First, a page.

Preparing Students for Family Service - Y Magazine
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Preparing Students for Family Service

By Lisa Ann Jackson

Going to court, visiting homes, and chatting with therapists are business as usual for BYU student interns with the Fourth District Office of the Guardian ad Litem in Provo. Through these and other internships, students experience their future professions firsthand, and they usually come away with a firmer conviction that strong families are vital to society.

In the Guardian ad Litem office, court-appointed lawyers represent children in circumstances such as custody battles, abuse, and parental drug addiction. Working alongside the lawyers, BYU family science and law students gather information for use in court.

“The first day I was in the office, my supervising lawyer invited me and another intern to attend court with him,” wrote Courtney Miriam Glenn in her final report. “He let us read the court report, briefed us on the circumstances, and asked our opinions and thoughts during recesses in the hearing.”

“This level of responsibility and trust was typical of Glenn’s experience. Because of her family science background, she was soon doing home visits and discussing her findings with lawyers, case workers, and therapists. In the end, she gained valuable insight about her future career and family.”

“I feel so much more enlightened about my field and more prepared to seek out other jobs, internships, and involvement,” wrote Glenn, who is currently serving an LDS mission in Guatemala. “And seeing the situations I saw, I felt thankful for my family and all the wonderful opportunities I had.”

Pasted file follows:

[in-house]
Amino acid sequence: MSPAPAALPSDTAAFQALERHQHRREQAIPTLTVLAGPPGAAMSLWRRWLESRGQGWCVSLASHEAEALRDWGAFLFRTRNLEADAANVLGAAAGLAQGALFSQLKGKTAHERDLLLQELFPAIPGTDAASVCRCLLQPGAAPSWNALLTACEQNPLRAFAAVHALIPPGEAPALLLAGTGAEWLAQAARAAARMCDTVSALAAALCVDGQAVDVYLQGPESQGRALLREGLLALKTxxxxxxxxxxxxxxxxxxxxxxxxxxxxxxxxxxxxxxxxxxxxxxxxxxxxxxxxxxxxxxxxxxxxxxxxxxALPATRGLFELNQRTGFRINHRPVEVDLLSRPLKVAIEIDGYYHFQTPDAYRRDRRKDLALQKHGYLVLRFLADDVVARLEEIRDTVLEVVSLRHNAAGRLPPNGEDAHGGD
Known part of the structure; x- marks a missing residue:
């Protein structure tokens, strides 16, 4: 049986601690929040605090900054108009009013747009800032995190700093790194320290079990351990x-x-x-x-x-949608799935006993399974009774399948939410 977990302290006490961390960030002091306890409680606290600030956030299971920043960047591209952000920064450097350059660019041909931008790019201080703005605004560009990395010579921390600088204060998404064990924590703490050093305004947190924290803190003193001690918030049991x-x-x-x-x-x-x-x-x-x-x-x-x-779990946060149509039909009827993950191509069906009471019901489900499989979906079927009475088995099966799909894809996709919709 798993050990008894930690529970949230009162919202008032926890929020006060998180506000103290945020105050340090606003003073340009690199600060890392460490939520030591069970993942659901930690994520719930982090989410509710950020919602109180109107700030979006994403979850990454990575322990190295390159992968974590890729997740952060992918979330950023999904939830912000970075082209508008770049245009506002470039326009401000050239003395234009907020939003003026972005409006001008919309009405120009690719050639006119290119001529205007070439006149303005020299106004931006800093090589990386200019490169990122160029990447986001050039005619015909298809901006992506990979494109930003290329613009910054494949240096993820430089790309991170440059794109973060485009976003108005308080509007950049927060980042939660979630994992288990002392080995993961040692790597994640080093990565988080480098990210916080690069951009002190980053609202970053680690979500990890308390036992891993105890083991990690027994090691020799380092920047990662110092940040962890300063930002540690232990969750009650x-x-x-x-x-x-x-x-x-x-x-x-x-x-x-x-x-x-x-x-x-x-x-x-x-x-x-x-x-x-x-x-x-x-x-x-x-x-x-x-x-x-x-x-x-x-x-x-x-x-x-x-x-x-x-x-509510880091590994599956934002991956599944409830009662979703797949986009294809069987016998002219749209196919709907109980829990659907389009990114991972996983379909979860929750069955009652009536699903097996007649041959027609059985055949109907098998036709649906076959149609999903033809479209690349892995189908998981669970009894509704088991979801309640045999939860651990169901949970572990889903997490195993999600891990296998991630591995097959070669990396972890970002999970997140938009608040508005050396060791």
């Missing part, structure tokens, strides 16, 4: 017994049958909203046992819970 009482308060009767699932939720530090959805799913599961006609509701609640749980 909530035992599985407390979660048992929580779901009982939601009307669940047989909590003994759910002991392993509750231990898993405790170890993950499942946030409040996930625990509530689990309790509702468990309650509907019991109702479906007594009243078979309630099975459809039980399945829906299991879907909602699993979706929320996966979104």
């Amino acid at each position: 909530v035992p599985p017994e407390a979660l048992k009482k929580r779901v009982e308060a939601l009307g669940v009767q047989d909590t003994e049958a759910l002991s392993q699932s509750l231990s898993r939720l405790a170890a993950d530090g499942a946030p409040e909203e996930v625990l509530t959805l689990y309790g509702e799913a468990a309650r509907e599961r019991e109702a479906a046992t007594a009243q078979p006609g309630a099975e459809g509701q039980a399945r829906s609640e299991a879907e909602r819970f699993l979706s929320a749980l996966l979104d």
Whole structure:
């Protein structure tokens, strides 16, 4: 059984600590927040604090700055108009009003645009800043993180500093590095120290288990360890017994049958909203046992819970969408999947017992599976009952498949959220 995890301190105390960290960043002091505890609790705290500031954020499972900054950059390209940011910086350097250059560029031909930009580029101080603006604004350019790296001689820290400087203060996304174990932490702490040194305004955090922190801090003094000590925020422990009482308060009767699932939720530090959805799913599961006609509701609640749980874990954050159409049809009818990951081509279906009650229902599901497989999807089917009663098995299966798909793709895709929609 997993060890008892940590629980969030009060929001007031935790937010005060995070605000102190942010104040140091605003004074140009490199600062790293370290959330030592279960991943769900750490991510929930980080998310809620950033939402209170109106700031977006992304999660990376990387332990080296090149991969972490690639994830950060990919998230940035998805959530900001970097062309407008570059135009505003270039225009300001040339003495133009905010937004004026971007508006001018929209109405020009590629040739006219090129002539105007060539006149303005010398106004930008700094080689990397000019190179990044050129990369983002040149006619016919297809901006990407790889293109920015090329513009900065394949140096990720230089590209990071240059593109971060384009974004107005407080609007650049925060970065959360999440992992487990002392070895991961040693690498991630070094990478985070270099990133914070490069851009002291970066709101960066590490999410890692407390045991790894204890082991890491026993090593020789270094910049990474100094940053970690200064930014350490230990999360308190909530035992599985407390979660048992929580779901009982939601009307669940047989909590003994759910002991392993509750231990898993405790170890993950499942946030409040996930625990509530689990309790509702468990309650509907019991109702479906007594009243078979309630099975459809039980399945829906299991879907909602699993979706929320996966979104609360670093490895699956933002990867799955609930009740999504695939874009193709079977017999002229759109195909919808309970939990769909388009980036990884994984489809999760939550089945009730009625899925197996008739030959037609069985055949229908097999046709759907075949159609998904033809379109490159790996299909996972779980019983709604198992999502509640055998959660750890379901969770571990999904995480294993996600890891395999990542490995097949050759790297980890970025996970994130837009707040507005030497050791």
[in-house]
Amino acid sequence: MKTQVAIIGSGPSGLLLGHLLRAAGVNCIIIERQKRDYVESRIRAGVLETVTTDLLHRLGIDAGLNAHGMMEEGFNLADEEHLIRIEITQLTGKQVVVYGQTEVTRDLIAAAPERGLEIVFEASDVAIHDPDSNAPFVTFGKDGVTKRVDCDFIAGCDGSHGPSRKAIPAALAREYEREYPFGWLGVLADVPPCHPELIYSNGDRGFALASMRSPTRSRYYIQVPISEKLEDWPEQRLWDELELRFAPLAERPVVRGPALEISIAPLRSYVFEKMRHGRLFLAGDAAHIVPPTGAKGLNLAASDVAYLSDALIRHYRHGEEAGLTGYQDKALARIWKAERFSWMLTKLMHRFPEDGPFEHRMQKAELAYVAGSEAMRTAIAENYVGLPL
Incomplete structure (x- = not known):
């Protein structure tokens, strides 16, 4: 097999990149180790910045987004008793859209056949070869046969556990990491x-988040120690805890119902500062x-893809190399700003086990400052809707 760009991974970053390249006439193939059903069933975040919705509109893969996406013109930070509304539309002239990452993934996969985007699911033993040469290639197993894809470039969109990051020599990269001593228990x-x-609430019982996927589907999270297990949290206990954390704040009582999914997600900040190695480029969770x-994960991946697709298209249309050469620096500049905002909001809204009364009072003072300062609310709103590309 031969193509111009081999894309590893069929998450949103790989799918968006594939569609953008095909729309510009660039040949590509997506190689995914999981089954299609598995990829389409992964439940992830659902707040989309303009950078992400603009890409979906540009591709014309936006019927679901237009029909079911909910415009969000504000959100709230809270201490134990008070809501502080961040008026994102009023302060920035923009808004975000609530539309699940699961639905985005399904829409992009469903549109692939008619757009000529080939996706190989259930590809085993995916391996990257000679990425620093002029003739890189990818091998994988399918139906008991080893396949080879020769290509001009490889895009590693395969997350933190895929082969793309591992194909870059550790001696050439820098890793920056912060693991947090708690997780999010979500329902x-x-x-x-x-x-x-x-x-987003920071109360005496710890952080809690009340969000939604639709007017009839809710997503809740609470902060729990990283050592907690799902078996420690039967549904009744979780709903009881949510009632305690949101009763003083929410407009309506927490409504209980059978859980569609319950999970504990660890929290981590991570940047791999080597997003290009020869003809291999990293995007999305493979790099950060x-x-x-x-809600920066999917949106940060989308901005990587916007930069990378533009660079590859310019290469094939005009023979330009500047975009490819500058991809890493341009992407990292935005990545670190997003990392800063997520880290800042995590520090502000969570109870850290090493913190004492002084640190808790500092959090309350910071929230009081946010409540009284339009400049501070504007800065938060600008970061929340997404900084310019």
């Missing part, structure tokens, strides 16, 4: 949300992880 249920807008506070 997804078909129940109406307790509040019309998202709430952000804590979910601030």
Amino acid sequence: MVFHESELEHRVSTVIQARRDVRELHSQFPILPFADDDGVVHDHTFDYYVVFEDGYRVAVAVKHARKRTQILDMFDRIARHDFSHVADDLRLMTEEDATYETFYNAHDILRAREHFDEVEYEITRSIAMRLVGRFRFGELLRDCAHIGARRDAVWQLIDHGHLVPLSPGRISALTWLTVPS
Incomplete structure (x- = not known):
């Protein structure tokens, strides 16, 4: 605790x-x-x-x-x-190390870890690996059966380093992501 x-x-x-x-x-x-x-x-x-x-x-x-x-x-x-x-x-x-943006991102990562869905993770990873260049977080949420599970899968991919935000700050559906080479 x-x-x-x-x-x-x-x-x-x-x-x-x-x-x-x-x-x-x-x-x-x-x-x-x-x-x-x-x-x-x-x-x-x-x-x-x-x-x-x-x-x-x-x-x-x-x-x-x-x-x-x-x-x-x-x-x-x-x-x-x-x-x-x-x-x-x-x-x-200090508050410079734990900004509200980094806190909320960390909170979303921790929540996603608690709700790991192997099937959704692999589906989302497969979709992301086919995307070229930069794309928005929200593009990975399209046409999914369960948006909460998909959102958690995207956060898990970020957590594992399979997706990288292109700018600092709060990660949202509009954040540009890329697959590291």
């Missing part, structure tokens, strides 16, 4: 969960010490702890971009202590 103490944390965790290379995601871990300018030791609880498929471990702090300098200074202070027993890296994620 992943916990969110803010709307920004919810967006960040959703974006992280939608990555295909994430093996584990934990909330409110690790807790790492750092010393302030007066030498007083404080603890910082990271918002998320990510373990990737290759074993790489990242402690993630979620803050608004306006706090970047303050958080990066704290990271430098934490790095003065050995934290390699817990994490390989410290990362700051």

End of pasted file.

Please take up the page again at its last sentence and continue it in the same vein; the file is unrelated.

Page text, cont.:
“In the newly created School of Family Life, such experiences are exactly what faculty and administrators hope for their students. At BYU some 1,000 students are studying family life, and more students take family science classes as electives. About 40 undergraduate family science classes are designed to prepare students for service in family-related careers, in academia, and in their own families.”

“Our students are providing a positive influence in the family professions,” said Alan J. Hawkins, associate professor of family science, at a recent devotional. “We place hundreds of students each year in clinical programs in marriage and family therapy, social work, and psychology, as well as in programs focused more on education and research. Our own graduate programs related to family studies are well thought of. Our influence is being felt.”

“The new school will help to increase the professional impact of family science majors, and it has an equally important responsibility to train BYU students for service in their own families.

“Internships, like those with Guardian ad Litem, help students in both ways, says Roberta Magarrell, assistant professor of family science and coordinator of the Family Science Internship and Field Studies Office. Magarrell’s office helps students find internships, whether they be assisting family lawyers, volunteering at women’s shelters, or working with community youth programs. She has found that, whatever the internship, for most students the fundamental result is the same.”

“They can never be the same in terms of the family they will have,” she says. “In one report, the student writes, ‘Besides everything else I am doing, I am getting a view of the importance of strong families.’ So you can tell, when they get married, they are going to have the vision of what to do and what not to do with their children and families.”